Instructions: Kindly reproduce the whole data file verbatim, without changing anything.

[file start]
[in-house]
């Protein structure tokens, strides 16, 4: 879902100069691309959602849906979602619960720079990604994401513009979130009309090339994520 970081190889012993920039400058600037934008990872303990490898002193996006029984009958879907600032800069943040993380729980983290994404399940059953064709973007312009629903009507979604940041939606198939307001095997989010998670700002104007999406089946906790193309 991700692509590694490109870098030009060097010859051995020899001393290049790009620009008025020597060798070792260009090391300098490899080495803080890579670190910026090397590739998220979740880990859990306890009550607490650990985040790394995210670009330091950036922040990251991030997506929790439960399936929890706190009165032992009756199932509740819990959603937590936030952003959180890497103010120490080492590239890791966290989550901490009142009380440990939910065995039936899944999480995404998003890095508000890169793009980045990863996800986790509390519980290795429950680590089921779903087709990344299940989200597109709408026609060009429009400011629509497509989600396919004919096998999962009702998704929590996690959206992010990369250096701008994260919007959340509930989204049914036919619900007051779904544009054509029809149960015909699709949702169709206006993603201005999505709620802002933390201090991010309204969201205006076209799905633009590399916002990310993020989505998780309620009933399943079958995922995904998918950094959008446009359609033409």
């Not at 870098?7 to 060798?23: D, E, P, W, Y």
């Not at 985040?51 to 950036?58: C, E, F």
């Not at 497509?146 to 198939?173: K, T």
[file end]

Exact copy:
[in-house]
């Protein structure tokens, strides 16, 4: 879902100069691309959602849906979602619960720079990604994401513009979130009309090339994520 970081190889012993920039400058600037934008990872303990490898002193996006029984009958879907600032800069943040993380729980983290994404399940059953064709973007312009629903009507979604940041939606198939307001095997989010998670700002104007999406089946906790193309 991700692509590694490109870098030009060097010859051995020899001393290049790009620009008025020597060798070792260009090391300098490899080495803080890579670190910026090397590739998220979740880990859990306890009550607490650990985040790394995210670009330091950036922040990251991030997506929790439960399936929890706190009165032992009756199932509740819990959603937590936030952003959180890497103010120490080492590239890791966290989550901490009142009380440990939910065995039936899944999480995404998003890095508000890169793009980045990863996800986790509390519980290795429950680590089921779903087709990344299940989200597109709408026609060009429009400011629509497509989600396919004919096998999962009702998704929590996690959206992010990369250096701008994260919007959340509930989204049914036919619900007051779904544009054509029809149960015909699709949702169709206006993603201005999505709620802002933390201090991010309204969201205006076209799905633009590399916002990310993020989505998780309620009933399943079958995922995904998918950094959008446009359609033409």
């Not at 870098?7 to 060798?23: D, E, P, W, Y």
């Not at 985040?51 to 950036?58: C, E, F």
């Not at 497509?146 to 198939?173: K, T």